Air cleaning speed, compared

Things look even worse when comparing the PuroAir 240 to similarly priced devices. We have the cheaper Vital 200S ($189.99) that cleaned our test room of PM1.0 in 18 minutes and the $180 Winix 5500-2 that cleaned the same room in 20 minutes. 

At the price of $219, all other similar-priced units vastly outperform the PuroAir 240 at removing PM1.0 particles from the air.

To find devices with a similar air cleaning performance, we need to look at budget air purifiers like the Core 300, which cleaned the same room in 40 minutes but costs just $99.99, or the Winix A231, which took 36 minutes but can be found for less than $80.

I’m shocked at how often this air purifier is shown as the “best air purifier,” considering it’s over twice the price for the same air cleaning performance of cheap units. 

It seems that referring to themselves as “the Tesla of air purifiers,” proclaiming they invented HEPA 14 air cleaners, and name-dropping world-renowned universities has allowed PuroAir to sell a cheap clone of the Core 300 for over $200! 

Either the journalists who recommend this device don’t test or evaluate the performance of the products they tell you to buy, or they have chosen to include the PuroAir HEPA 14 240 for reasons unknown.

Noise levels, compared

PuroAir’s marketing materials only show the sound level at its lowest speed. This is another unethical marketing trick, as the CADR test would have been done at the highest speed, and using the lowest speed with a small device like this will be of no value, even for a tiny room.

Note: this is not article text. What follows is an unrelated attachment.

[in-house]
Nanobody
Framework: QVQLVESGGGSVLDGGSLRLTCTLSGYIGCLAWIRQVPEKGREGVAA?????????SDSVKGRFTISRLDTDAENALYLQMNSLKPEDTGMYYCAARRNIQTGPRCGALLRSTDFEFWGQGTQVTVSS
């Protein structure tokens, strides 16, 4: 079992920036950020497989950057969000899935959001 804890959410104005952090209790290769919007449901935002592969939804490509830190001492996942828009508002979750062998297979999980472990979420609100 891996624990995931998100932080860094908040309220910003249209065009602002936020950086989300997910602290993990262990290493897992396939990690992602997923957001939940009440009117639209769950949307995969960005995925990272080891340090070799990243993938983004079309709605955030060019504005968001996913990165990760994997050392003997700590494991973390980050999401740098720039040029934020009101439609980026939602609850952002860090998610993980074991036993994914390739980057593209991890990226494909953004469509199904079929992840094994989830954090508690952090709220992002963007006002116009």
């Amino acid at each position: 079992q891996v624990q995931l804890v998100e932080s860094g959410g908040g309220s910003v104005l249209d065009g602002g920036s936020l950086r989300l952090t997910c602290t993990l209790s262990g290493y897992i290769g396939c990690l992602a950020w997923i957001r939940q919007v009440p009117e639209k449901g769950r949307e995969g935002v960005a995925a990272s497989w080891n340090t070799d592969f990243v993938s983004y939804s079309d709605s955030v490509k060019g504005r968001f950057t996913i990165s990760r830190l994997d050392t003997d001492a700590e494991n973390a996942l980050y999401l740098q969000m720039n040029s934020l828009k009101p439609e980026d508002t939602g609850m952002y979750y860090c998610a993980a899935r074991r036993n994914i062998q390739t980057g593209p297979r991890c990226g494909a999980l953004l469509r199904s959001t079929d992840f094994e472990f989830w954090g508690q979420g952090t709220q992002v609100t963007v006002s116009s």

We used our sound meter to measure the level of noise the unit generated from three feet away, and it registered 37 dB at the first fan speed, 44 dB at the second speed and 55 dB at its highest fan speed. 

This sound level is very similar to what we saw with the Levoit Core 300, which doesn’t surprise us considering how many other features are similar to the Core 300.

Sound levels can be personal, and some people can hear things others can’t, so we included a video of the PuroAir 240 running at each fan speed. 

The cost to run the PuroAir HEPA 14 240: $153.35 per year

As always, I calculated the long-term costs you can expect when running a PuroAir 240 for 12 months. This includes electricity costs and filter replacement costs.

1. Electricity costs: $57.35 per year

We used an energy meter to see how much power the PuroAir 240 pulled at each fan speed.

Assuming you run this air purifier at its highest speed for 24 hours every day of the year, it’ll add just under $60 to your electricity bill.

Fan speedEnergy consumption in watts